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The Brooklyn Rail

MAY 2020

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MAY 2020 Issue
Poetry

five from Unemployment Insurance


When I shave my head I will
claim each hair as a dependent
on my taxes. When I am denied
by unemployment I will send
the bag of rotting potatoes
in my pantry to the state house.
When they ask for work search
activities I will instead say fuck the police,
because Sean Bonney told me to.
When my boss blocks my unemployment
claim I will simply block their driveway
until I decompose, elegantly, in
their driveway apron. I will send
a bouquet of past due bills
to whoever gave them 5 stars on Yelp.
I will enter in every week until
I expire the birth dates of the dead
-- the coordinates to where
we are throttling-- in the weekly
claims field. The conspiracy
of a dying empire is only to
kill faster. I am entirely overwhelmed
by the collapse of the political
economy in my body so I am
sorry for the late reply.









There were jokes or rumors for
awhile that the city was dying
& then that it was resurrecting
via the miraculous intervention
of various celebrity chefs
turning empty storefronts
into petit bourgeois playgrounds
& the under educated &
formerly incarcerated into
their personal servants.
This Cleveland chauvinist image
-- the image of the resurrected city
can be seen now as a mirage offered
as consolation or distraction
from our continuing
brutal conditions. If those were the
good times & these are the bad times
I’d like to abolish “times”.









People on the internet are talking to each other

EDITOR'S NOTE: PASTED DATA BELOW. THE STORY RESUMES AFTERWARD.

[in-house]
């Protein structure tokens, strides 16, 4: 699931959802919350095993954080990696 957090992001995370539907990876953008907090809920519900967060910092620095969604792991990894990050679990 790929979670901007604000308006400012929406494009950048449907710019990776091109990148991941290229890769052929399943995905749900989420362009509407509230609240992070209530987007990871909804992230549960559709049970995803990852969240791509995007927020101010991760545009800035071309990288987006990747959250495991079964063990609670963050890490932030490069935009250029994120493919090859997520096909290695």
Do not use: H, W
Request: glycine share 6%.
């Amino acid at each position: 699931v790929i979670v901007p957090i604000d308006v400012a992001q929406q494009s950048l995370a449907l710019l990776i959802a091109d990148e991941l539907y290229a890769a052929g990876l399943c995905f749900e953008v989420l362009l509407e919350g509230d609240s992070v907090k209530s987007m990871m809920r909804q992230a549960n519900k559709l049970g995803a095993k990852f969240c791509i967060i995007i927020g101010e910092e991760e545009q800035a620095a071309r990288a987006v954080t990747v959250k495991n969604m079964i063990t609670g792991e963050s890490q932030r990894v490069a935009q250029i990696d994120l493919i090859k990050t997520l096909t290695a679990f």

too little & about each other too much


I imagine this will continue & worsen.


I’m not writing poetry anymore I’m writing unemployment insurance
& I resent every aspect of the system that produced this
relation to my work



But I keep thinking
that has always been our relation
to this work: a desperation
for reimagining the context
of our lives as fluid
or malleable to a larger
power of masses


so again out of this desperation I am trying to make poems









I am a cute selfish animal
in the time of the great
ruinous longing. I ate
an apple. I ate a banana.
I drank a pot of coffee
& found the dawn came late.
I am filled with longing & rage.
I filled an ashtray & a page.
I checked unemployment
& unemployment never came.
I sewed a mask out of a bandana
& called through my friends
who live out of state.









I’m alone with the night again thinking
every union, every right: the ghost of a
failed general strike. The smoke laughs out
of me against the night: every union, every right:
the ghost of a failed general strike.
My father taught me how to play poker
next to the Murphy bed. After every deal, he said
“the pot is right.” Whose pot is right & why:
the ghost of a failed general strike.
In his metallic mauve Altima the Black &
Mild’s cut sharpie-sized holes in the
tan leather interior. Every cigarette,
every car: the ghost of a failed
general strike. His uncle kept a sawed
off in his jacket “to keep the scabs in line.”
Summer ‘59, nationwide steel strike.
Every empty steel mill I spelunked in
-- drunk & under age, every warehouse
empty like my pockets, every cavity
in this city’s foaming mouth, every
inch of the continued occupation of
this continent; the ghosts of a failed general strike,
teeth, leather, bricks in the pavement,
the river & its course, the speed
at which a car becomes criminal, the
color & quantity of my hair, the height
& weight of my father & uncles, the percentage
of the stars in the sky at night; the ghost
of a failed general strike.

Contributor

Brendan Joyce

Brendan Joyce is a busboy from Cleveland, Ohio. His poems have appeared in Protean Magazine and the Johannesburg Review of Books. He is the author of Character Limit (2019) and Unemployment Insurance (2020) in which these poems appear. Both books are available as digital editions here gumroad.com/nicetryofficer.

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The Brooklyn Rail

MAY 2020

All Issues